The Atlantic’s recent article, The New Old Age, marks a milestone for CoGenerate (formerly Encore.org), an indication of the uptake of ideas and language we’d been working to develop, implement and disseminate for more than a decade. Written by David Brooks,...
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A new documentary film, Ink & Linda, chronicles the unexpected friendship between Inksap, a Vietnamese-American street artist in his 20s, and Linda, a white modern dance teacher in her 70s. Shortly after a chance encounter brings these two together, they begin...
We’re out to show the world that older and younger people can help solve pressing problems when they work together. To that end, today we’re launching the CoGen Challenge to Advance Economic Opportunity, a partnership with the Ares Charitable Foundation to elevate...
Sister Ines Pena
Purpose Prize Fellow 2008
Providing health care, education, and emotional support under one roof for Puerto Rican girls in foster care.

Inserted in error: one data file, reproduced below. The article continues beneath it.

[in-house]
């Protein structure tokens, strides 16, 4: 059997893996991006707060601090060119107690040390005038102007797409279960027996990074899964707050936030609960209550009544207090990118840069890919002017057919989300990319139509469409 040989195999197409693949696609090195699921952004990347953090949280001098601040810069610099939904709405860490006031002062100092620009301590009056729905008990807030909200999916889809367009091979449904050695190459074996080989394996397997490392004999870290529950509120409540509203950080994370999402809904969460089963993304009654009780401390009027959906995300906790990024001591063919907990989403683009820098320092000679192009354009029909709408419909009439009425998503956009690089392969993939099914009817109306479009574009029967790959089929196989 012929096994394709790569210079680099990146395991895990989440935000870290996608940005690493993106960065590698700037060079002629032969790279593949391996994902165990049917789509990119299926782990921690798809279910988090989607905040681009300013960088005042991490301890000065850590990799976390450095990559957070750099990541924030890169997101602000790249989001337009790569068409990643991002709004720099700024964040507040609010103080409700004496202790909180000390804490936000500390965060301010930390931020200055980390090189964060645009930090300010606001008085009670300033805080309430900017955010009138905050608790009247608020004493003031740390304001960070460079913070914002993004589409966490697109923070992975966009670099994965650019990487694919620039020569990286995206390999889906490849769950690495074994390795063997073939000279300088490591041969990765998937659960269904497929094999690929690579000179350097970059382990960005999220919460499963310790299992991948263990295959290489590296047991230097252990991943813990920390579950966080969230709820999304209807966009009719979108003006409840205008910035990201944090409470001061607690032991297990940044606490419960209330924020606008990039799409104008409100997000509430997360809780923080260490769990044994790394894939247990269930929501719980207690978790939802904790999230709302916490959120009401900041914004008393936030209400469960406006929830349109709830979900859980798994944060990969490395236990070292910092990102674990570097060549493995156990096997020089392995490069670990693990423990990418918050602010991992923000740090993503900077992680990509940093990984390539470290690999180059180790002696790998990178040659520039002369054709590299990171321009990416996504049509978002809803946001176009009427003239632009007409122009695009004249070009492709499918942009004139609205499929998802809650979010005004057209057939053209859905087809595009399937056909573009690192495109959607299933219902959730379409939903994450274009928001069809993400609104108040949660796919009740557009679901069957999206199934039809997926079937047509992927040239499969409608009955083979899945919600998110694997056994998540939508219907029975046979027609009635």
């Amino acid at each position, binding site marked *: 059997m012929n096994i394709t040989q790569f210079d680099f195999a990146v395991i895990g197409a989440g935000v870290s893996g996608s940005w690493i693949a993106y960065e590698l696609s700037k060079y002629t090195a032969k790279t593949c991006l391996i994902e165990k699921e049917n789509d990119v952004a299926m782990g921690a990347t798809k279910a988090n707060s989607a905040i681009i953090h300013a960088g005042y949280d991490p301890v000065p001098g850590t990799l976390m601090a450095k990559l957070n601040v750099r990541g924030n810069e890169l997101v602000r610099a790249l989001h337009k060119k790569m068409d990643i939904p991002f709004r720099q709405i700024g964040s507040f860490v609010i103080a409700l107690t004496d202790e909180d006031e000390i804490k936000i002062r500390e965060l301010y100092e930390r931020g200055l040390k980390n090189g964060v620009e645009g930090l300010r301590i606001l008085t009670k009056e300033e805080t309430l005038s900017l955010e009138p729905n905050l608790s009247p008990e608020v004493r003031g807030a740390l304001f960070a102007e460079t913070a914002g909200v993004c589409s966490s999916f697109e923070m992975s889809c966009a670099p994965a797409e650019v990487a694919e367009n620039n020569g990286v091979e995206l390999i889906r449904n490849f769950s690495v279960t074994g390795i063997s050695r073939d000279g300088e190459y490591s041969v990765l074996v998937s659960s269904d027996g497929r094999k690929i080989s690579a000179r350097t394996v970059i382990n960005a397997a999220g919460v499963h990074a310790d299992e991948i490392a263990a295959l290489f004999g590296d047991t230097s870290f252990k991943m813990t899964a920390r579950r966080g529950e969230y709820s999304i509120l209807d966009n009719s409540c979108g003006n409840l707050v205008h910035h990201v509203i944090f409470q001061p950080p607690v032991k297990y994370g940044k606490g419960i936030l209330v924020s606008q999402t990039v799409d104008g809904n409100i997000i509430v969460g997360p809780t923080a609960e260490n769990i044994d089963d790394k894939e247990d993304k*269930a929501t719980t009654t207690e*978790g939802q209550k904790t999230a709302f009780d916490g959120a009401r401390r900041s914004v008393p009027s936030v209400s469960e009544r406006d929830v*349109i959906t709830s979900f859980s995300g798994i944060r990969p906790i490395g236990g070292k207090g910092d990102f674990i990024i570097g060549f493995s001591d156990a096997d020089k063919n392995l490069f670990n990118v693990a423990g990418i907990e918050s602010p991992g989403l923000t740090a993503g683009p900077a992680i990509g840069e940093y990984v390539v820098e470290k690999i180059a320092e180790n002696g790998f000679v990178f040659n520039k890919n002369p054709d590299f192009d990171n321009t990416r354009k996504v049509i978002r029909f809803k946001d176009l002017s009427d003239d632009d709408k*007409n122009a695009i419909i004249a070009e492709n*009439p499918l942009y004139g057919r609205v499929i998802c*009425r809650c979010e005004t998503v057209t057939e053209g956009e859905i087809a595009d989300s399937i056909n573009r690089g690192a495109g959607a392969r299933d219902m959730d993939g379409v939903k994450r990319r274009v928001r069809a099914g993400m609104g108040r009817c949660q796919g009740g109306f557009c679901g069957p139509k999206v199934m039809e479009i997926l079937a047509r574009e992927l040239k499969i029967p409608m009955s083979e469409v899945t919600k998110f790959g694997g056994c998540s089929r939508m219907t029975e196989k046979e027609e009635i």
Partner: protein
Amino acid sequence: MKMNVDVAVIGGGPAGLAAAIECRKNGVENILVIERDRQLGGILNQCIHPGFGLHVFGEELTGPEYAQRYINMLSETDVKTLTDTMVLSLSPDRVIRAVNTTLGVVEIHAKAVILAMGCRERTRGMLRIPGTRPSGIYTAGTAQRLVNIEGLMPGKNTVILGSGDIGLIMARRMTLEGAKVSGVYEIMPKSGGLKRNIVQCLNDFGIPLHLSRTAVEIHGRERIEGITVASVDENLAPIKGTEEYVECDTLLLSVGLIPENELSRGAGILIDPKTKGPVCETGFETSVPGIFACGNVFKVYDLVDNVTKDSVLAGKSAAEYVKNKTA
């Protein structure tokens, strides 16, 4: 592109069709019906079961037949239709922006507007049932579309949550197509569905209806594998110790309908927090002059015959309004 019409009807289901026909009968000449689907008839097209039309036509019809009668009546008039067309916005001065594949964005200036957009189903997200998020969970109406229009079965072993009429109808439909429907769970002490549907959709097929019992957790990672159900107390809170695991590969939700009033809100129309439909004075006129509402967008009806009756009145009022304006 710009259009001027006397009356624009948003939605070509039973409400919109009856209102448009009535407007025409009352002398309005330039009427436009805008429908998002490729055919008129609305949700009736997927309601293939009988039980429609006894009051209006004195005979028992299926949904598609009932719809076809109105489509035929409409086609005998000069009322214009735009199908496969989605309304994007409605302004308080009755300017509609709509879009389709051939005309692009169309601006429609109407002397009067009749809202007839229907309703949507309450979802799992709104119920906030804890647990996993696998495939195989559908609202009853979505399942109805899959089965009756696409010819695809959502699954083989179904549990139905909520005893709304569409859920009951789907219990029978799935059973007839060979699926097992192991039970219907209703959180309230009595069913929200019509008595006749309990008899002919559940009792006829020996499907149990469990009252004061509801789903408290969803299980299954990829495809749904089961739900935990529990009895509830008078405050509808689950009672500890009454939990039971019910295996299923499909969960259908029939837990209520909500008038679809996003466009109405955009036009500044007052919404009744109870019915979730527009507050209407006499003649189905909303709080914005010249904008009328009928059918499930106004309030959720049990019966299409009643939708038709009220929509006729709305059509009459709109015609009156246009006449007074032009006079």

At age 63, Inés Pena, a Carmelite nun with a lifetime of work for the destitute behind her, saw that Puerto Rico’s foster care system was not meeting the needs of young girls. In 1993, with her colleagues in the order, she formed Hogares Teresa Toda, a community and foster home in Loiza, Puerto Rico, to guide and support young girls on a path to responsible adulthood. Sister Inés saw that young girls who bounced from foster home to foster home needed more than shelter in order to grow into successful adults. Hogares Teresa Toda makes certain that they have not only the “basics” of safety and health care but also access to the tangible and intangible things that create a high quality of life – a solid, integral education, emotional support, and training in the skills of daily living. Sister Inés’ original 15-bed facility has grown to house 28 girls and teens, including a residence for independent young women who have “aged out” of government foster care programs but still need support. She also built a polytechnic center providing job readiness programs to the broader community in information technology, fashion design, culinary arts, small business and community development. The center also offers prevention programs for at-risk youth and families. “I could have retired honorably and moved back to Spain with remaining family and old friends. Although I considered the possibility, there were way too many children I could still serve. I honestly prefer to die living rather than to live dying.”